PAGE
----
Fort Gratiot Sanitary Landfill, Inc. v. Michigan Department of Nat. Resources – Oral Argument – March 30, 1992

Media for Fort Gratiot Sanitary Landfill, Inc. v. Michigan Department of Nat. Resources

Audio Transcription for Opinion Announcement – June 01, 1992 in Fort Gratiot Sanitary Landfill, Inc. v. Michigan Department of Nat. Resources

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William H. Rehnquist:

We’ll hear argument next in No. 91-636, Fort Gratiot Sanitary Landfill v. the Michigan Department of Natural Resources.

Mr. Finn, you may proceed.

Harold B. Finn, III:

Thank you, Mr. Chief Justice, and may it please the Court:

Petitioner owns and operates a private landfill in St. Clair County, Michigan.

In 1988 Michigan amended its Solid Waste Management Act–

William H. Rehnquist:

That’s up by Port Huron?

Harold B. Finn, III:

–Yes, sir.

By adopting waste importation restrictions, namely section 13(a) and subsection (2) of section 30 of the act, which prohibit, in the case of St. Clair County, the importation into the country of municipal solid waste generated out-of-county or out-of-state.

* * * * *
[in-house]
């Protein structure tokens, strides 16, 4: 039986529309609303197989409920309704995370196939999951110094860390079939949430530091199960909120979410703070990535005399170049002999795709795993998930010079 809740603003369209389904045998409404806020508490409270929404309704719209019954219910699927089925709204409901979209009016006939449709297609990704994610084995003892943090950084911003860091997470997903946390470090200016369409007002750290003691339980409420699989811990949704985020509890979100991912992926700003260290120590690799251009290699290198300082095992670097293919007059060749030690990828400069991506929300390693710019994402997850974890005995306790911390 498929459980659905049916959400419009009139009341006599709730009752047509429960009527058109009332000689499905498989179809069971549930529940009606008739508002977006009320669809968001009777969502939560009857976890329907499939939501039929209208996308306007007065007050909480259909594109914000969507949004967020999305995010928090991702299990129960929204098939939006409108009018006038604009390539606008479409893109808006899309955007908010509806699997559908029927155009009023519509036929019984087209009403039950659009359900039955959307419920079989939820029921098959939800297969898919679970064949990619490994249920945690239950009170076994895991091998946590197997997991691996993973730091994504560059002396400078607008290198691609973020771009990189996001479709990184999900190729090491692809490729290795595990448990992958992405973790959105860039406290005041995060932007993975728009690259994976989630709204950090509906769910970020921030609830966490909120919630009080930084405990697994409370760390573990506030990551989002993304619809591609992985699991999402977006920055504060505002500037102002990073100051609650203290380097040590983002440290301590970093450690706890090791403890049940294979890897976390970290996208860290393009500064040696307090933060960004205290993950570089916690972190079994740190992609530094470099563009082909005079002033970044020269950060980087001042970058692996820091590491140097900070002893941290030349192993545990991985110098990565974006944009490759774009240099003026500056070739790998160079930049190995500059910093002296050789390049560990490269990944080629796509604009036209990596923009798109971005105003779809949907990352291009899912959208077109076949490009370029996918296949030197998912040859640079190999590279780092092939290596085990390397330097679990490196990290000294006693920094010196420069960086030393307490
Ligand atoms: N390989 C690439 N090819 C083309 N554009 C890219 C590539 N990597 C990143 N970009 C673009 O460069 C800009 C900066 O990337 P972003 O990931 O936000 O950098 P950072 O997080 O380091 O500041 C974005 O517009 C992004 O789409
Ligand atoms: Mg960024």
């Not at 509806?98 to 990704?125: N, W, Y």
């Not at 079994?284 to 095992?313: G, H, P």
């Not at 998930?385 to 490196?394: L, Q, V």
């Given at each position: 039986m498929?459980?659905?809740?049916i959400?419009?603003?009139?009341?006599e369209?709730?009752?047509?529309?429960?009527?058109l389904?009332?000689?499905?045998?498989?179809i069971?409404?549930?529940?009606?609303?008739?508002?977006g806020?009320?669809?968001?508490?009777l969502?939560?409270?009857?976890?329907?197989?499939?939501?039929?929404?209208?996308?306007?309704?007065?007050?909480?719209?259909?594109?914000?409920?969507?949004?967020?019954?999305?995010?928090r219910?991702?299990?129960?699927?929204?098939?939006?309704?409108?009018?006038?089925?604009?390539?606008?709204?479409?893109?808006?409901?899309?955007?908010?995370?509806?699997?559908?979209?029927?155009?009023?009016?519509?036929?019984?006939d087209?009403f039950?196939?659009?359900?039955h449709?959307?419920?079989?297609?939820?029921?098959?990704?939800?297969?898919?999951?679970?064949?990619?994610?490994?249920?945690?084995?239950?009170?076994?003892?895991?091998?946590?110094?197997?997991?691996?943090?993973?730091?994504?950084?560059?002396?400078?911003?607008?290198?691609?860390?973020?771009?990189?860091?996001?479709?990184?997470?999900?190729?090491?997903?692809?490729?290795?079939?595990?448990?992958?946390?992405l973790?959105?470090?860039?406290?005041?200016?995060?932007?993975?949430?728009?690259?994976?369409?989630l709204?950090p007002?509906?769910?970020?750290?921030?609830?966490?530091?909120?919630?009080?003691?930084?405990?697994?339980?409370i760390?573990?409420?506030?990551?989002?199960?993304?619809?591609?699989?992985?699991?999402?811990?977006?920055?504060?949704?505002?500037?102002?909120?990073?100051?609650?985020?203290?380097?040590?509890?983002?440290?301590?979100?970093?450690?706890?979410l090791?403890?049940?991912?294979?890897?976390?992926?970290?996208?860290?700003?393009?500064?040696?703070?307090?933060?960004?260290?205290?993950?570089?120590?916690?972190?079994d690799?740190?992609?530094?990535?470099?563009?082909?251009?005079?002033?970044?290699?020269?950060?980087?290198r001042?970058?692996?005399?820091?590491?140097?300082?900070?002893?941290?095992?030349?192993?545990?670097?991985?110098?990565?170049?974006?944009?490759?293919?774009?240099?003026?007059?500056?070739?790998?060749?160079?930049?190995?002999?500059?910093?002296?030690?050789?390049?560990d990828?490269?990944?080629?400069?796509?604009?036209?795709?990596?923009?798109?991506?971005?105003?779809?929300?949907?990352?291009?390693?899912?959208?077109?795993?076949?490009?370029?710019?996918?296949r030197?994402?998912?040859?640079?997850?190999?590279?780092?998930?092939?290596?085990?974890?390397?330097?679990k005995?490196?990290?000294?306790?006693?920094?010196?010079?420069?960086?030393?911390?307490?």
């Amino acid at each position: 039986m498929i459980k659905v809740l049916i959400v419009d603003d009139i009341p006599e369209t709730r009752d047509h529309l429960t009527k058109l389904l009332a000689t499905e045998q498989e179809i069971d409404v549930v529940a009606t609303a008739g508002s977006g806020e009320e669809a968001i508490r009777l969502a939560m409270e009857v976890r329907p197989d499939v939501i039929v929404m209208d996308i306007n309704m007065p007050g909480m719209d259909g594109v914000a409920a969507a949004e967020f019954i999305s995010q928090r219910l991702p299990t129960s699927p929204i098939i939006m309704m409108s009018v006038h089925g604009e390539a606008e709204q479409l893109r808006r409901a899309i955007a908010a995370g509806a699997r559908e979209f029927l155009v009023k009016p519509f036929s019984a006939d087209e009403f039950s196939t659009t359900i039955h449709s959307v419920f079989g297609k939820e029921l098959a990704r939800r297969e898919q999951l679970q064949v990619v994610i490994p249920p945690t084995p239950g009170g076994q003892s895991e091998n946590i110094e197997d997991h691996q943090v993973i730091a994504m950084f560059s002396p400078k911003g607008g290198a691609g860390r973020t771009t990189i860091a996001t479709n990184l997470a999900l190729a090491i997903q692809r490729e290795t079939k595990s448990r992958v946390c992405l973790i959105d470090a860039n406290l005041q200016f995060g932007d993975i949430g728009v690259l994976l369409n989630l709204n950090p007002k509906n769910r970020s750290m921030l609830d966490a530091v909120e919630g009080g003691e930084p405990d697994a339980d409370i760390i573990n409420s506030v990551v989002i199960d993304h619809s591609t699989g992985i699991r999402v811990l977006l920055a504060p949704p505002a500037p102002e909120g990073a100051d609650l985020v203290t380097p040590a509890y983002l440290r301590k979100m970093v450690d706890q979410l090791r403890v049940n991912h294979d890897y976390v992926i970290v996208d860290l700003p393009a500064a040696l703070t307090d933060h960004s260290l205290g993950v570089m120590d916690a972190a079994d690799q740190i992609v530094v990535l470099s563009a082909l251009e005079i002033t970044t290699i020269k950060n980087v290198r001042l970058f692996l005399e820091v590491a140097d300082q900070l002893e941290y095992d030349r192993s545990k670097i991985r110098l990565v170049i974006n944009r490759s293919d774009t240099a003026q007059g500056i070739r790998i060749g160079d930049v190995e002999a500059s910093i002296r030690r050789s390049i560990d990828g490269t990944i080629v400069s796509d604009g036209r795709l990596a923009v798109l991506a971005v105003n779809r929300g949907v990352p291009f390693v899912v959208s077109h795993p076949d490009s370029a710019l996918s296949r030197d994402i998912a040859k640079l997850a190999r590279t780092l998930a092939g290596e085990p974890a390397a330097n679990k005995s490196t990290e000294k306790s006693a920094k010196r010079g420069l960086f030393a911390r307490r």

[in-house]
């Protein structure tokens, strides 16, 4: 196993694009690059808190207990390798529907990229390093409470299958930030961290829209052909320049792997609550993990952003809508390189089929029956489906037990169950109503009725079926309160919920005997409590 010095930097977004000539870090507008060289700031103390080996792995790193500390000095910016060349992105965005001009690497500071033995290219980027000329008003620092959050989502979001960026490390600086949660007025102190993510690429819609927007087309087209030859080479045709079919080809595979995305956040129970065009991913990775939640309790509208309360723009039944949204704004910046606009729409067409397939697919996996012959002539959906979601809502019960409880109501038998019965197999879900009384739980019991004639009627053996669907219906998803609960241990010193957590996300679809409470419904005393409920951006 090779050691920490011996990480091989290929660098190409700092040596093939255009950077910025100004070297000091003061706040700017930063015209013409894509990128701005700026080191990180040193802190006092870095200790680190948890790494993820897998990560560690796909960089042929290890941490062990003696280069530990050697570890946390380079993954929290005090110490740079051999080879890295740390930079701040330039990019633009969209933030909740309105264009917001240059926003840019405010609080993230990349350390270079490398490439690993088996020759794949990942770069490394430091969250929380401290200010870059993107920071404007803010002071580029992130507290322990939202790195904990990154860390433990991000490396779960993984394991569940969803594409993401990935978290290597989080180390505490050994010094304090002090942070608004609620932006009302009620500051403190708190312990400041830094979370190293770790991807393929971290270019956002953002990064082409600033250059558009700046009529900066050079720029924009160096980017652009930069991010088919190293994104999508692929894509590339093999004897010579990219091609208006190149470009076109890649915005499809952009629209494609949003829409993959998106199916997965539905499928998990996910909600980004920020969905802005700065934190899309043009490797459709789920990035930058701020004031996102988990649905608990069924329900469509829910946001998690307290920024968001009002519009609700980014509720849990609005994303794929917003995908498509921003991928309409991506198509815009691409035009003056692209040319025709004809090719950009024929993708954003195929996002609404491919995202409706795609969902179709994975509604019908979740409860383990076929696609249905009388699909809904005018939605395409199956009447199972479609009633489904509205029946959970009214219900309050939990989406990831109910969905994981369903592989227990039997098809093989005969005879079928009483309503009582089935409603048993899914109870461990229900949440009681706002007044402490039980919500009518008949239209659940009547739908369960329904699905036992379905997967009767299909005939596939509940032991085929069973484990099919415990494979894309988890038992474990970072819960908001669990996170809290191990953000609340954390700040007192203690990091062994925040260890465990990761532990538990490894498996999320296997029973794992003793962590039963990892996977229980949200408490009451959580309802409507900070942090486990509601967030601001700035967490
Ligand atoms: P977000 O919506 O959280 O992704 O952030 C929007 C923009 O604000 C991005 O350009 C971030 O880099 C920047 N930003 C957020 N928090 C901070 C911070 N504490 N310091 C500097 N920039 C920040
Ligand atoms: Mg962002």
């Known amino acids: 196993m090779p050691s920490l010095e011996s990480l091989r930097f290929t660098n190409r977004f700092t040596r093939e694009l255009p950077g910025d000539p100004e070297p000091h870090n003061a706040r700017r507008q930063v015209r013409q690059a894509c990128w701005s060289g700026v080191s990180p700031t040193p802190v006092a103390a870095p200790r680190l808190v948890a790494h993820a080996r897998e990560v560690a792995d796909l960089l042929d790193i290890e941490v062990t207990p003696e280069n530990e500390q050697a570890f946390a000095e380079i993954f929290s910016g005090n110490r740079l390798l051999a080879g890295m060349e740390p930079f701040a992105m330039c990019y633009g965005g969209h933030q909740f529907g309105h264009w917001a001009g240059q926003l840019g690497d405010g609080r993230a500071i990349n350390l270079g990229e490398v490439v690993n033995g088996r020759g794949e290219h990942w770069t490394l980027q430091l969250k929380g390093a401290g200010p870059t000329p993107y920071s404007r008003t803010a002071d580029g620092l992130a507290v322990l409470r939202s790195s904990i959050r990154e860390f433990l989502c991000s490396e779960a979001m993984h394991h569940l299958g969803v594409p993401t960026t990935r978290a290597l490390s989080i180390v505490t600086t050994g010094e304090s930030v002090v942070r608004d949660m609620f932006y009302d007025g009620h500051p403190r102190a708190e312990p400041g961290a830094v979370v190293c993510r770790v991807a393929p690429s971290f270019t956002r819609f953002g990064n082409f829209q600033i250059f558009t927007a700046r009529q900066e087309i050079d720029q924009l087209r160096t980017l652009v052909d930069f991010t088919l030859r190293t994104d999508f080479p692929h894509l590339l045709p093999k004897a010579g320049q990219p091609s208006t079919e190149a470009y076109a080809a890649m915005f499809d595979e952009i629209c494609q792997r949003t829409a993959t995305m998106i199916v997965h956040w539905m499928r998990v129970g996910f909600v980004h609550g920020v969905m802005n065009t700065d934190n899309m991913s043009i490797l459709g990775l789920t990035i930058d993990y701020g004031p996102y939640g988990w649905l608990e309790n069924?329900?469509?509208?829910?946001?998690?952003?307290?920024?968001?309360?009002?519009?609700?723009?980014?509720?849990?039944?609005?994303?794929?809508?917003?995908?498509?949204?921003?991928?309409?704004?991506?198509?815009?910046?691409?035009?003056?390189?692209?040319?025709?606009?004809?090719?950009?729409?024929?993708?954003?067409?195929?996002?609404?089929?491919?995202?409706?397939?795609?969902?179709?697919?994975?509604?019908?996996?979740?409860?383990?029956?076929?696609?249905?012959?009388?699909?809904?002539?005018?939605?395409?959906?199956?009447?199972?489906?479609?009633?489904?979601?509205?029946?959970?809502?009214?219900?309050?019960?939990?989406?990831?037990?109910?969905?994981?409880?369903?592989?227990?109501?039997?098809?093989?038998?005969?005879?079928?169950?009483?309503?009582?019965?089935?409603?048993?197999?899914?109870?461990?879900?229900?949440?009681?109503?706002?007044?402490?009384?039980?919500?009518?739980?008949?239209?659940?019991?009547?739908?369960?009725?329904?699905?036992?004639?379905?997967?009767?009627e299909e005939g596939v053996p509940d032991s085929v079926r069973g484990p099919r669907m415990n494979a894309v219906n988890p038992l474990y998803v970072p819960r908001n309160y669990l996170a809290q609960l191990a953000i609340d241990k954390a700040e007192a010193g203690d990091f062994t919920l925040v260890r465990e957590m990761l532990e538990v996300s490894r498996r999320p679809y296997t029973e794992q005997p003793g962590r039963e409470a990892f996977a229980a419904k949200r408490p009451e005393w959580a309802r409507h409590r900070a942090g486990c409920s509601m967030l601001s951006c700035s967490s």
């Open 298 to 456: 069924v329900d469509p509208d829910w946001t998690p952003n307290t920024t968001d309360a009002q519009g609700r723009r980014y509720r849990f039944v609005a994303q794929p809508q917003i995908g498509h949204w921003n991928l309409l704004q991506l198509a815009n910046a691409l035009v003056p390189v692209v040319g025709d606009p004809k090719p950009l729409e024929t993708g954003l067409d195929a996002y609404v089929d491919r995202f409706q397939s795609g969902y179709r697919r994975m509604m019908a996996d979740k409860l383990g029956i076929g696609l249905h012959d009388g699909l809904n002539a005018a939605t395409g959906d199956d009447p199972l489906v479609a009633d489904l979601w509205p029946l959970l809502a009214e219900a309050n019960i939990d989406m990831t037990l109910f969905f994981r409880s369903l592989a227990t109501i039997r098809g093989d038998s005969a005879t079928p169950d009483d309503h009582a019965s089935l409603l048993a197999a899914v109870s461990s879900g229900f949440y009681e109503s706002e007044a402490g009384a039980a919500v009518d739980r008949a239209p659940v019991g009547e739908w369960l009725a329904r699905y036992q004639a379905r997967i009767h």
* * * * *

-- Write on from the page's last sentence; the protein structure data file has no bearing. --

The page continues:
On its face this case presents the question of whether these waste importation restrictions by prohibiting the importation of out-of-state waste into petitioner’s landfill impermissibly discriminate against out-of-state commerce by, because in-county municipal waste is subject to no such constraint.

Byron R. White:

I take it this waste is not of the kind that we were talking about in the last case?

Harold B. Finn, III:

That’s correct, sir.

This is plain garbage.

This is not hazardous waste.

This is not lowlevel radioactive waste.

William H. Rehnquist:

And garbage is your element of commerce here, I guess?

Harold B. Finn, III:

Yes, sir.

Sandra Day O’Connor:

Is the waste, could it ever be said to be hazardous to transport it?

Harold B. Finn, III:

Under the regulations that have been promulgated by the State of Michigan, the transportation of municipal solid waste if it is moisture laden must be transported in trucks that are sealed and not capable of leaking.

In the case of all other municipal solid waste they must be covered and carried in a manner that does not create a nuisance.

The same would be true under the new regulations that are–